By Simran Chatha, Psychologist & Outreach Associate, Mpower – The Centre, Bengaluru
It is important to be aware that mild fear and anxiety are a part of normal development for children. Bauer (1976) stated that children’s fears begin with a content that is more global, imaginary, uncontrollable, and powerful, and over time becomes more specific, differentiated, and realistic. It was also observed that as children grow older, the number of fears they experience generally reduces.
Experiencing anxiety is not only normal but also adaptive for children, so it is only considered a disorder when it interferes with the child’s functioning and when the child’s experience of anxiety is much more than expected in any given situation.
Anxiety is multidimensional and it is experienced as physiological symptoms, behaviours, thoughts and emotion. The most prominent behavioural response to anxiety is avoidance, depending on what the child is anxious about.
Here are some signs that can help parents detect anxiety among their children:
- Physiological symptoms include increase in autonomic nervous system activity, diffuse stomach pain, perspiration, gastrointestinal distress and trembling. A lot of children go through a thorough physical examination for stomach pains with their Pediatrician only to find that there is no biological cause explaining the pain.
- Behavioural symptoms include avoidance, crying, nail biting, bed-wetting and thumb sucking. If the child is scared of performing badly on a test, he/she might try to skip the test altogether. Avoidance is mostly viewed negatively by parents/teachers and the child is punished without giving him/her much space to express their fears.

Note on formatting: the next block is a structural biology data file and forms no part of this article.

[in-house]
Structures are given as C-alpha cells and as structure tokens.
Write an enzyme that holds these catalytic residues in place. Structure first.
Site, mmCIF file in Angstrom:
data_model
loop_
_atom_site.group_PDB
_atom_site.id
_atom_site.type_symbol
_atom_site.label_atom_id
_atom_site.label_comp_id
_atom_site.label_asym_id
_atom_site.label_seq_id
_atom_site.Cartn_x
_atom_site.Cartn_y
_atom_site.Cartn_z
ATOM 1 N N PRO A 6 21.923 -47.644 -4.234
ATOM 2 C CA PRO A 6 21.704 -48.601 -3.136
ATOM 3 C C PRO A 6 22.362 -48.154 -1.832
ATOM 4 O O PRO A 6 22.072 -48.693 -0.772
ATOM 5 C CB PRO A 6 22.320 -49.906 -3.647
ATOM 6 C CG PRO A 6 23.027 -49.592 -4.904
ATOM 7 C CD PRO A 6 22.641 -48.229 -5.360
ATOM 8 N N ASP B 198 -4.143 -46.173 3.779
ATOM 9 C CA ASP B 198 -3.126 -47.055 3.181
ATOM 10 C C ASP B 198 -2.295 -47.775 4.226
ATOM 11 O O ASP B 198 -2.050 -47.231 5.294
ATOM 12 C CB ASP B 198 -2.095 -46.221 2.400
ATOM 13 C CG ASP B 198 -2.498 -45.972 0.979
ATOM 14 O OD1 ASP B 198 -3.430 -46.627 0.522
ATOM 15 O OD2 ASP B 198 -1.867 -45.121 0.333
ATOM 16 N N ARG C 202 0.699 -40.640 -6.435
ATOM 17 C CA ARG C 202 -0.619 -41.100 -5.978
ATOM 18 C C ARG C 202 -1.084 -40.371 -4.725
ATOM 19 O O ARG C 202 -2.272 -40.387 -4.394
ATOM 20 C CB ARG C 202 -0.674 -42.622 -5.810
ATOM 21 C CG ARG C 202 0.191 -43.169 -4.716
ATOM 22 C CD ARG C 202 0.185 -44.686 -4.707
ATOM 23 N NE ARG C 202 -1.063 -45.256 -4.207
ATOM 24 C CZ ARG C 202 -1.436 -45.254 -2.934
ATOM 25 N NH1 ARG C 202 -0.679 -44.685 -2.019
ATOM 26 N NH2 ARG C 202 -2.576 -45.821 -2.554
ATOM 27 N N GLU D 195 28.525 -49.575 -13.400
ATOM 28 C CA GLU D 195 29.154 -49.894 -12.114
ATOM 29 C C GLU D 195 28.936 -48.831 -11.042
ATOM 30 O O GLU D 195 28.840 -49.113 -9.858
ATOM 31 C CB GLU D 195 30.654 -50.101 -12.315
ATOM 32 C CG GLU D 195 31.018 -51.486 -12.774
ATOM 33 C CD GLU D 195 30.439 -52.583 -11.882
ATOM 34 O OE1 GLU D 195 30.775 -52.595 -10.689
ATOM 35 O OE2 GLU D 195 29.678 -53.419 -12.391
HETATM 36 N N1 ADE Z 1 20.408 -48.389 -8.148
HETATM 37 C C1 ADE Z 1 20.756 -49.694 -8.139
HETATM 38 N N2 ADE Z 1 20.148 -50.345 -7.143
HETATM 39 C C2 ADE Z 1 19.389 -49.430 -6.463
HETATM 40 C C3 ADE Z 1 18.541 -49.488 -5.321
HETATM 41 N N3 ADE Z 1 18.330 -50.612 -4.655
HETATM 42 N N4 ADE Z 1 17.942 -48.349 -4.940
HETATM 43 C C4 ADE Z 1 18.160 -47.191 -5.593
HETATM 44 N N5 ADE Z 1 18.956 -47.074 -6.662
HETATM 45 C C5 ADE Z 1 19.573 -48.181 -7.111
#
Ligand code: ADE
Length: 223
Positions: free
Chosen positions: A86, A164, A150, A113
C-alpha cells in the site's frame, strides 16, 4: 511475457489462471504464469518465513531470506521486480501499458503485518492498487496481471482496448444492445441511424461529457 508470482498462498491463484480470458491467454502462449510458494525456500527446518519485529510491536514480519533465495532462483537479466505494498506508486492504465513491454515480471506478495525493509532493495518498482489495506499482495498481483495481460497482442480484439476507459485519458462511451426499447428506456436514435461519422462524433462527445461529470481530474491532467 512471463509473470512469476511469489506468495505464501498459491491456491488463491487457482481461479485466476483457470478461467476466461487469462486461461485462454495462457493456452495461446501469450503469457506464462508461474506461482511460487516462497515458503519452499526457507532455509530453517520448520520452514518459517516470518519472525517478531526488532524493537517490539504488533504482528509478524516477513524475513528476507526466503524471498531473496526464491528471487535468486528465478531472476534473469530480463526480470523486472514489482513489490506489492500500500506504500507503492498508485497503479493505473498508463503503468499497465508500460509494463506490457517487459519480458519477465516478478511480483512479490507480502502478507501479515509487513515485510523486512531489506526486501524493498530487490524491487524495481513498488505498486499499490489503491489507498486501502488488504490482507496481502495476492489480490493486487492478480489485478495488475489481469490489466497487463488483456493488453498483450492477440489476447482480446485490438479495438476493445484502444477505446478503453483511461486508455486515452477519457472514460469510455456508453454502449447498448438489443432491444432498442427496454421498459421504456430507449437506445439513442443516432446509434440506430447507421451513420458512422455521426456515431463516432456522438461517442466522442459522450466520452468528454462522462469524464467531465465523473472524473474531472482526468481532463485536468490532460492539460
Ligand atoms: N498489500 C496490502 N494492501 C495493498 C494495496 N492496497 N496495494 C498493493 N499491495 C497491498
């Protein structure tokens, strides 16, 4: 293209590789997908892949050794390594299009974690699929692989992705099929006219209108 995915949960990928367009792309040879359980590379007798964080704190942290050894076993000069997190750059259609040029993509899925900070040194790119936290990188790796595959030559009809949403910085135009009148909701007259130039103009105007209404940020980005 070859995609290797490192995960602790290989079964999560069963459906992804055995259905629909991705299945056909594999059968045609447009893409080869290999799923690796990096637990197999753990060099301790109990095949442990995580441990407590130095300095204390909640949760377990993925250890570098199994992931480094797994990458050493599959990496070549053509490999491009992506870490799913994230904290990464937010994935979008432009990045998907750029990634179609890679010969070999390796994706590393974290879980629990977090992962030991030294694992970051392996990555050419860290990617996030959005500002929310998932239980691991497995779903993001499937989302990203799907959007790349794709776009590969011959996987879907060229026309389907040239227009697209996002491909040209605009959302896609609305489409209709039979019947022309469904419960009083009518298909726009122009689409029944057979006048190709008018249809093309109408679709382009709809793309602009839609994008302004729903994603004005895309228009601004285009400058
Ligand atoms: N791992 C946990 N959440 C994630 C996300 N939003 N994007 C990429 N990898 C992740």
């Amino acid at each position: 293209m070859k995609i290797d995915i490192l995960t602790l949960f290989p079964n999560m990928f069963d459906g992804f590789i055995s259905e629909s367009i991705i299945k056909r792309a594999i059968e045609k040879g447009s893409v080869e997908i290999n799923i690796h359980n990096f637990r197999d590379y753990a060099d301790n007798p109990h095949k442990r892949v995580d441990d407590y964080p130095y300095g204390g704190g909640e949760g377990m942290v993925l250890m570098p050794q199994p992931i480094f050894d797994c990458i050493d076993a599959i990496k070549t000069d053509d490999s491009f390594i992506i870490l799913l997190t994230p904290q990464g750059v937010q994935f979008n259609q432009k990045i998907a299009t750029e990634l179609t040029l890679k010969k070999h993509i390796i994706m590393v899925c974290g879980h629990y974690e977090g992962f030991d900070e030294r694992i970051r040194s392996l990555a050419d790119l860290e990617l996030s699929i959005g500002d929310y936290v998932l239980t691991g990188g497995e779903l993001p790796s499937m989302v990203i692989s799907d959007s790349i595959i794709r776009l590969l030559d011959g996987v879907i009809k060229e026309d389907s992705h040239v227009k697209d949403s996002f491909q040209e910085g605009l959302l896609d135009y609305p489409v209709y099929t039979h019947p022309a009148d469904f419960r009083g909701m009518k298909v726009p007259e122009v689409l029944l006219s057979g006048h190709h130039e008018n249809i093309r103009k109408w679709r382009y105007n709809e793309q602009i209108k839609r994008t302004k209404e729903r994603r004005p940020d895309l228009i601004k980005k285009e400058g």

- Cognitive symptoms include constant rumination about a past event or excessive worry about the future. Some children would expect the worst in any situation, whereas many others would constantly worry about specific fears. Regardless of whether it is generalized or more specific, it is important to pay attention if these worries are persistent, excessive and difficult for the child to control.
- Affective symptoms (emotions) include difficulty understanding how to regulate their emotions and using less adaptive ways of coping like reacting with anger and sadness. Parents of anxious children mostly perceive them as inflexible and labile. They experience emotions more intensely and feel like they are less successful at managing their emotions compared to children who are not anxious.
Once these signs are detected, it is very important to meet a mental health professional (mostly a clinical psychologist/psychiatrist) to complete a comprehensive assessment of anxiety. The overall goal is to teach children to recognize signs of anxiety and to use these signs as cues/opportunities for applying strategies to manage anxiety. This includes understanding the nature of anxiety and differentiating it from other feelings, understanding thoughts that contribute to feeling anxious, learning relaxation techniques, learn problem-solving skills to help cope with these thoughts/sensations and test out these skills gradually in situations.
Parents are also actively involved in treatment so that they can help their child practice these skills outside of sessions. Their role is to serve as an emotion coach for their child and help support them through this process.
To help support your child when they are really anxious, try not to immediately distract them, ask too many questions, tell them to focus on the bright side or ignore them. Although seeking professional help is important, there is no replacement to parental support.